Undergraduate Blog / Career Development

From a Dorm Room Conversation to Landing in Ethiopia

United Nations Economic Commission for Africa

Just three months ago, I was interviewing with a start-up in San Francisco, when I received an email from one of their recruiters saying that they were no longer looking for interns, as the company was beginning to reassess their future. At that point, the one place I was really hoping to work for this summer was going under; however, little did I know what was ahead of me.

Right after I received that email, I went to a friend to talk about my frustration over losing this (potentially) wonderful internship. Here I was—in the middle of April—with no internship for the summer, despite having applied to over 50 companies and interviewing with a handful. As I was talking with a friend about the start-up opportunity that vanished before me, he explained to me that there was an opportunity to work at the United Nations for the summer. Immediately, I said to him, “You can’t joke about that…just stop,” and within 48 hours, I landed the opportunity to work at the United Nations for the summer.

In my first week of this “internship”, I was actually informed of a few key things that have made this experience much more fulfilling and meaningful:

  1. At the United Nations (UN), I immediate learned about its complex organizational structure: there are the Member States, UN bodies (such as the World Bank), Major Groups & Other Stakeholders, and others types of organizations and structures. A Major Group is an UN-mandated mechanism that is involved in United Nations negotiation processes, through which many organizations and individuals participate. Each Major Group has many organizations within it, including the one I am in: the Major Group for Children & Youth (MGCY). MGCY was created at the UN’s Earth Summit in Rio de Janeiro in 1992 to represent social groups in Sustainable Development and has hence taken to different processes as time has gone by. Although I am not a part of any organization, I work with members of various organizations in this Major Group.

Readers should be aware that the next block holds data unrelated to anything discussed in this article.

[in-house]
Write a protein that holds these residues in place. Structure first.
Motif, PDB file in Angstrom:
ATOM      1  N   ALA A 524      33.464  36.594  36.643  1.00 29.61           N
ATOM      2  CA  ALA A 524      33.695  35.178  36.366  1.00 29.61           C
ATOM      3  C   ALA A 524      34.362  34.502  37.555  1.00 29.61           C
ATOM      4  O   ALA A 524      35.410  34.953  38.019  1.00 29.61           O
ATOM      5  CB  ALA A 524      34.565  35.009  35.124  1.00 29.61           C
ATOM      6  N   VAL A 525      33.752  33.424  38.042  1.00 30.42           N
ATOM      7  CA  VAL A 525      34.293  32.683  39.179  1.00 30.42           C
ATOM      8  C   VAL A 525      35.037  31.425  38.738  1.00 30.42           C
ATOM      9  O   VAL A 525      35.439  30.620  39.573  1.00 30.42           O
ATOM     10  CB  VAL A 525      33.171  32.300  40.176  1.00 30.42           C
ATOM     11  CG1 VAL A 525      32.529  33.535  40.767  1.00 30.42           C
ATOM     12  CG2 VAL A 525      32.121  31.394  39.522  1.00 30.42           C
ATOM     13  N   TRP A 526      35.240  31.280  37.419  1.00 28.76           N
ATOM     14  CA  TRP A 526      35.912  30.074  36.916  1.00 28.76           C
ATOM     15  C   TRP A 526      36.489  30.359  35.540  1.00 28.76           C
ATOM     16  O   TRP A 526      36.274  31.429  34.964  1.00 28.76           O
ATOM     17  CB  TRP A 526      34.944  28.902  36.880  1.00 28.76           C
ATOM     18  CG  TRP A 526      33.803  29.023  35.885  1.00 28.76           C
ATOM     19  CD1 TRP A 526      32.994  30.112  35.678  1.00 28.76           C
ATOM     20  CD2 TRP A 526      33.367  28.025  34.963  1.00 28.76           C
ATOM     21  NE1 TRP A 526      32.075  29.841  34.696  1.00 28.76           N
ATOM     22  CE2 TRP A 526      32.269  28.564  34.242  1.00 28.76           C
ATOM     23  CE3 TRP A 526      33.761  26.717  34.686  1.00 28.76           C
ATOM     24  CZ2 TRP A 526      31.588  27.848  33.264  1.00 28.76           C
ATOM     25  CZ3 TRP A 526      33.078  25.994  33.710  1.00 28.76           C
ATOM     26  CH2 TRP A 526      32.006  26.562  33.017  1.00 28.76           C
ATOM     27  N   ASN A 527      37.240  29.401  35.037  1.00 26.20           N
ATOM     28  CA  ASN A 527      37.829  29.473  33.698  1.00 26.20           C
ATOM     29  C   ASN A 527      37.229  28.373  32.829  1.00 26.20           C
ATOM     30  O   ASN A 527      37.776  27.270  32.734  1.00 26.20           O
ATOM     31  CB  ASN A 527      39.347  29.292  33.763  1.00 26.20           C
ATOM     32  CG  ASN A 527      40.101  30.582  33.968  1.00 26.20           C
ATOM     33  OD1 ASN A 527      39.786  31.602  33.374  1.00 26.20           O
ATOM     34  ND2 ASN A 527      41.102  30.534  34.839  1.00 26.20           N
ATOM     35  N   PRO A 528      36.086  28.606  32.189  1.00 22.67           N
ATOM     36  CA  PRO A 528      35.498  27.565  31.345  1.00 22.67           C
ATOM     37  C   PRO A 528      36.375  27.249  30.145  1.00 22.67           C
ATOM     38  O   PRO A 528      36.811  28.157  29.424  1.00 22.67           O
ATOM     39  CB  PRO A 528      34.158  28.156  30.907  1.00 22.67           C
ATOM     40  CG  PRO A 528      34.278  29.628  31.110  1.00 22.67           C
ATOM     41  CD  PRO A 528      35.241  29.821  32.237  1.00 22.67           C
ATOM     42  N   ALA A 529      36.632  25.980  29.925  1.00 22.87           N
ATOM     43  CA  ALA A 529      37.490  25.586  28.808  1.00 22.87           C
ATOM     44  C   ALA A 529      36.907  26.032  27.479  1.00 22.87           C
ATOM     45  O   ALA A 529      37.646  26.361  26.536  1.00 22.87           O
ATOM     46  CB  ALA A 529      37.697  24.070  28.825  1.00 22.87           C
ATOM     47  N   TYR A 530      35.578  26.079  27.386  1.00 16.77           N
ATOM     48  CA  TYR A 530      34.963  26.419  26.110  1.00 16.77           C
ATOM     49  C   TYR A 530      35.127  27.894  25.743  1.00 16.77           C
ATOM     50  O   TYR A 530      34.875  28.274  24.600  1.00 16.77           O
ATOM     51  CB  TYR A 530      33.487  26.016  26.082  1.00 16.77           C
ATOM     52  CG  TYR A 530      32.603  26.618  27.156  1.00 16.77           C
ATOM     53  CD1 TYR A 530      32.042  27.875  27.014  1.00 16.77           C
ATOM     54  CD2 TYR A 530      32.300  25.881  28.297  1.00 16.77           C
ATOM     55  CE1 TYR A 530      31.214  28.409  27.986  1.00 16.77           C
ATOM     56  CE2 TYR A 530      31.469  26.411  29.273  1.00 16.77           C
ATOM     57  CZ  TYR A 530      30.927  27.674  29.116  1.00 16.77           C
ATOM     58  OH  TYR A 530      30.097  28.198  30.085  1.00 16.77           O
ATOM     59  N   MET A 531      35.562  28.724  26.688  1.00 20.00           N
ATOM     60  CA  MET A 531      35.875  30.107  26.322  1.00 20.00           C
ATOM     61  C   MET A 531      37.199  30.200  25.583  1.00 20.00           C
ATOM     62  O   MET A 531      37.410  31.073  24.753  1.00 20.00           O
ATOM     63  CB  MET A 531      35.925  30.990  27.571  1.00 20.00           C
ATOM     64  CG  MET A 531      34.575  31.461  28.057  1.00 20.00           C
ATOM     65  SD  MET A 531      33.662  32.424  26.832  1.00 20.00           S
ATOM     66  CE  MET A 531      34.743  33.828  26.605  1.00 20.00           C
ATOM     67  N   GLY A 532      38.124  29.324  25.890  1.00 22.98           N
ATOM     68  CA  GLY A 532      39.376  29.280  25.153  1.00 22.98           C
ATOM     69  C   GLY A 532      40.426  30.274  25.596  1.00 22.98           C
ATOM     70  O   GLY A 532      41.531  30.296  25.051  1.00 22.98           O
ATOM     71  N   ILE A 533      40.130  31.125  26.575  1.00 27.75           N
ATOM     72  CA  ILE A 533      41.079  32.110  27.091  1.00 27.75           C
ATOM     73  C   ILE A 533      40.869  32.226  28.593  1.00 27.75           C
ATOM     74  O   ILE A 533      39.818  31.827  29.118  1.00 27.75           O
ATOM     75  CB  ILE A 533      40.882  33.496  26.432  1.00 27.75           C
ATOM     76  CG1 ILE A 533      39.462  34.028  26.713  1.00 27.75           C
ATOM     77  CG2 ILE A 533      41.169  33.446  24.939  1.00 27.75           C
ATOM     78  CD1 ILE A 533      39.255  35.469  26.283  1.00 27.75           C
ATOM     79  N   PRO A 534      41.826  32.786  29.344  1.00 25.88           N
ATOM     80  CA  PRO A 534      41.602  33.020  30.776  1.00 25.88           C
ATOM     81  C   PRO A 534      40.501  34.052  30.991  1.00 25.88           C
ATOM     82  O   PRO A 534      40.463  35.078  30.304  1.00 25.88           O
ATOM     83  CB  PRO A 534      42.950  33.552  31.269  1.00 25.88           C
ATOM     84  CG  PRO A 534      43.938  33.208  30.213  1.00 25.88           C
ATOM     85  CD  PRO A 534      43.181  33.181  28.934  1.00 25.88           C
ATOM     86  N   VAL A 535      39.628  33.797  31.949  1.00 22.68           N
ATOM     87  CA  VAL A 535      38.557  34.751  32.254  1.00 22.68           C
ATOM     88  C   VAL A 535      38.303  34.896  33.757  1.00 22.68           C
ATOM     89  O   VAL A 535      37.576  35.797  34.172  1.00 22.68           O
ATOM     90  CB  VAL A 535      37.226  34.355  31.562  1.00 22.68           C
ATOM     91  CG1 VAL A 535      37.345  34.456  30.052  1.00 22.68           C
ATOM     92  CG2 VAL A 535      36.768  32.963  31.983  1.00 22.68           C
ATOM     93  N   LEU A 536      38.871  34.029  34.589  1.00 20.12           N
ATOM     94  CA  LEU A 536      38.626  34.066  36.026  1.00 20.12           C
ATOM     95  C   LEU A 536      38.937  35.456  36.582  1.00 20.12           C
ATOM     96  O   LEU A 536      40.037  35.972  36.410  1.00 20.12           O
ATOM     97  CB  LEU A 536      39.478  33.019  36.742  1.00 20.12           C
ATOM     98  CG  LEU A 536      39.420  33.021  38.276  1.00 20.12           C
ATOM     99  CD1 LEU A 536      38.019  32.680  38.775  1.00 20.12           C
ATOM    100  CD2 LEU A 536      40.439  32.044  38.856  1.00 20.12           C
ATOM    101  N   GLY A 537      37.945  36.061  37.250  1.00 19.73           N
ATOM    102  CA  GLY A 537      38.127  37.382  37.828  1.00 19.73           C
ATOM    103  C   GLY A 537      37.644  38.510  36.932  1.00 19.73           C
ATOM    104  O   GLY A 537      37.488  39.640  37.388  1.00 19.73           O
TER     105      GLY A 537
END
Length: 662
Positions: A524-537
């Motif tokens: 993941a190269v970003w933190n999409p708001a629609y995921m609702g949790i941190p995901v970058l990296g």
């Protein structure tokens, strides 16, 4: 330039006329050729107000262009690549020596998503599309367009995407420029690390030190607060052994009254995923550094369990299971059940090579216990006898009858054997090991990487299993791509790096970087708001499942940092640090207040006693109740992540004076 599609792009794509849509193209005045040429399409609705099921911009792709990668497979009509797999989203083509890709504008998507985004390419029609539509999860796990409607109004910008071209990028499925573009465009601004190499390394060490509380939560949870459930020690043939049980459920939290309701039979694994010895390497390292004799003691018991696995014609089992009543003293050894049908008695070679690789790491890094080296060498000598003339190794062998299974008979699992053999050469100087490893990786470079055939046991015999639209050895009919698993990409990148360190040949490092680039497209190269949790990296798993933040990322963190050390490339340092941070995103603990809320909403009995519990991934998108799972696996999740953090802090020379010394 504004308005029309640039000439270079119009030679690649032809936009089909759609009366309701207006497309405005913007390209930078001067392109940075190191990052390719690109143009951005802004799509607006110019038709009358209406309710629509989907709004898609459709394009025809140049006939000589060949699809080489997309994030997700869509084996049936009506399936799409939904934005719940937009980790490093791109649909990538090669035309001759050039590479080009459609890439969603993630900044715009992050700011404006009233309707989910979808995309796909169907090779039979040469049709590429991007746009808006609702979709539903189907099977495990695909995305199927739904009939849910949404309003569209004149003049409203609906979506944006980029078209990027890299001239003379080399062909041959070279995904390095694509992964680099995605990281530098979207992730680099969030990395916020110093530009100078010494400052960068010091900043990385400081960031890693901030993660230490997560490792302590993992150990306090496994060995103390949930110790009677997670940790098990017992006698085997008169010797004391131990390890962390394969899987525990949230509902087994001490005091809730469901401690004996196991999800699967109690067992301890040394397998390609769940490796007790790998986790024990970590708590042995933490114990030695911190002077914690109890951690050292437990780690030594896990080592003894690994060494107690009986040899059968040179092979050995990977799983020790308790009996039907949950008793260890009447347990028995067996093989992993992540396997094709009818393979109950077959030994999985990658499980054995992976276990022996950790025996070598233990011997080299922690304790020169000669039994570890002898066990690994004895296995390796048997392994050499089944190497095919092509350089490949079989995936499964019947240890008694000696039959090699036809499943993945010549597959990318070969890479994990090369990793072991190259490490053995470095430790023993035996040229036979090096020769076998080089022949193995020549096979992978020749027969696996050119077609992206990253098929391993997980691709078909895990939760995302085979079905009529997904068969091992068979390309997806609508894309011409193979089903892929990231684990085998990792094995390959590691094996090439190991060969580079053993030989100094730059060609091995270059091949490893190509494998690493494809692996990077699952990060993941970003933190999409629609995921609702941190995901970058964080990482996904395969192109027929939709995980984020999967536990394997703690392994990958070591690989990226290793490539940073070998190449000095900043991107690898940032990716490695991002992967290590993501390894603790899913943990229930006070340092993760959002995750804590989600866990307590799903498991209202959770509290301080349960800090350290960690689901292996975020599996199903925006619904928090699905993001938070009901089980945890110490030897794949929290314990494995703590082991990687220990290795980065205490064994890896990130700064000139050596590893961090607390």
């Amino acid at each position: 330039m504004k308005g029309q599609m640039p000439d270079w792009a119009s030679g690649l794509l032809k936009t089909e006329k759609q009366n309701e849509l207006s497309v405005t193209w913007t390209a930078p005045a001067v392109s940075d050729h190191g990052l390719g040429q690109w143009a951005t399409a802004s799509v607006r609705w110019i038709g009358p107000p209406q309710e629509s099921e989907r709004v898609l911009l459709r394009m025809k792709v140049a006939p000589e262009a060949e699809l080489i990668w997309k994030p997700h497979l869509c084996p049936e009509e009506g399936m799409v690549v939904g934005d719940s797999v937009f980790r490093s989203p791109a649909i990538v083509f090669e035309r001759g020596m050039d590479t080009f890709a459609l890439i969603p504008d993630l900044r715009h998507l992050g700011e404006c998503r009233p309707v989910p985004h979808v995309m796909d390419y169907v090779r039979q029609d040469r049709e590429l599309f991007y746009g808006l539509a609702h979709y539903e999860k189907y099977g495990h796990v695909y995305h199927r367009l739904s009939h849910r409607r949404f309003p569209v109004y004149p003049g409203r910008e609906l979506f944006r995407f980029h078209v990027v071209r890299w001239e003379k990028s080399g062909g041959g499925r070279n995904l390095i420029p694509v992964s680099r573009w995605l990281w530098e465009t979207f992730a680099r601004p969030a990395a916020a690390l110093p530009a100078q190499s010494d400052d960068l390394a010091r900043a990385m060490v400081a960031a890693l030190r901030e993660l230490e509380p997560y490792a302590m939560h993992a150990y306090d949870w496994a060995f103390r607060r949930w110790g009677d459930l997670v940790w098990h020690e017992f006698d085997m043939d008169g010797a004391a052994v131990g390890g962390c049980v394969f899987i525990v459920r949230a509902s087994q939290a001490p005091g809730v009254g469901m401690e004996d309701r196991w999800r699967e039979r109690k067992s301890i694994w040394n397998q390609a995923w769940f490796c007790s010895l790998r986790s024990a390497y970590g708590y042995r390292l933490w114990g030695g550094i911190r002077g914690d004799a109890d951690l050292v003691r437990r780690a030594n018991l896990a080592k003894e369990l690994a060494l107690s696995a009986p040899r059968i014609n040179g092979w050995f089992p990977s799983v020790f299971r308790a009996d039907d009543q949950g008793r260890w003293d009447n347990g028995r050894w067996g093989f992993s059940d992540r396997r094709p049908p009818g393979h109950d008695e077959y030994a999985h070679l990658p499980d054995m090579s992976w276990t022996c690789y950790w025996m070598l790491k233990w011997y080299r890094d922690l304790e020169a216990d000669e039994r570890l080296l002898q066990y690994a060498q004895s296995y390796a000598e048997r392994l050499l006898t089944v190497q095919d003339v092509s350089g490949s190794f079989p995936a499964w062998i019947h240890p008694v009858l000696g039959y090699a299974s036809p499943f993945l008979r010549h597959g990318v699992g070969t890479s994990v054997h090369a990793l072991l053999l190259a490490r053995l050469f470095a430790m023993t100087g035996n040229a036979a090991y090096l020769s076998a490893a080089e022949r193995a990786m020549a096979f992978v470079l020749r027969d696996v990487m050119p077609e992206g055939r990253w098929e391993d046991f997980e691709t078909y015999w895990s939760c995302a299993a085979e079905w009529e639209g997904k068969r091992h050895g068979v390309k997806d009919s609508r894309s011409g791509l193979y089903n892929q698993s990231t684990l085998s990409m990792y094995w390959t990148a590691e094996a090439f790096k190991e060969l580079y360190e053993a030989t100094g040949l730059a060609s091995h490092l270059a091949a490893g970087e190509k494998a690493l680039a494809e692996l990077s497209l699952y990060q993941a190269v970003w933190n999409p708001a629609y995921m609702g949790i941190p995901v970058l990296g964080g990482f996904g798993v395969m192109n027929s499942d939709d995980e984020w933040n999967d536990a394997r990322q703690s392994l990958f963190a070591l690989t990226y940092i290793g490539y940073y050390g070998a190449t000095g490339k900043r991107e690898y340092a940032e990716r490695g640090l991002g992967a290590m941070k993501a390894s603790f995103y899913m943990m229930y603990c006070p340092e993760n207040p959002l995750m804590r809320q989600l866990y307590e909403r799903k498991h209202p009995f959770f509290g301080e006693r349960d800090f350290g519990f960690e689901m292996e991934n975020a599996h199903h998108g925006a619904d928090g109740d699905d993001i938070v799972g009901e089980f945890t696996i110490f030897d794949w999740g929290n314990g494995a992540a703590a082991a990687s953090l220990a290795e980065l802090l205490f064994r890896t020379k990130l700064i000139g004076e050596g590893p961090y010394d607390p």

2. People within MGCY do not use the term “intern” or call the work an “internship”. The space through which MGCY runs recognizes that everyone is equal to one another, although there are some people—called deputy organizing partners—within MGCY who take the lead on certain working groups. (A working group is a task force involved in creating policies on specific UN processes.) Organizing Partners oversee all of MGCY and act as both facilitators and coordinators of all MGCY-related activities.
  3. MGCY follows several of these working groups, one of which is Financing for Development (FfD). When I learned about the opportunity to cover FfD for the summer, I also learned about the Third International Conference on Financing for Development that would be taking place in Addis Ababa, Ethiopia. At this conference, Member States of the United Nations adopted an action agenda that they are to bring back to their respective nations, in order to catalyze sustainable development worldwide.

After discussing with one of the organizing partners that has been taking the lead on FfD and its respective conference, I learned that I would be sitting in on negotiations for the aforementioned action agenda in New York. I have reported what Member States were negotiating about regarding sustainable development, from technology to public-private partnerships, fishery management to solving world hunger. I have also been able to contribute to writing language that would be potentially included in this agenda, based upon positions, values, and beliefs of the Major Group for Children and Youth.

The exciting part of story, however, is when I found out that I could apply to attend to conference on a generous sponsorship. After a tough round of applications, I was honored to be selected among a large number of applicants to attend the conference on a sponsorship. Although the negotiations were supposed to finish in New York one week before the conference started, they ended the second-to-last day of the conference, where an action agenda was finally agreed upon by all and adopted. Additionally, while in Ethiopia, I was able to a tweet on behalf of MGCY the most up-to-date information regarding the conclusion of the negotiations.

Reflecting on the past week-and-a-half as I write this story back home, I never would have thought that I would have had such an amazing experience this summer, let along travel to a United Nations Conference halfway around the world.

This post was written as part of the #Interning series, which is tied to LinkedIn’s new student editorial calendar. Follow the stories here or write your own.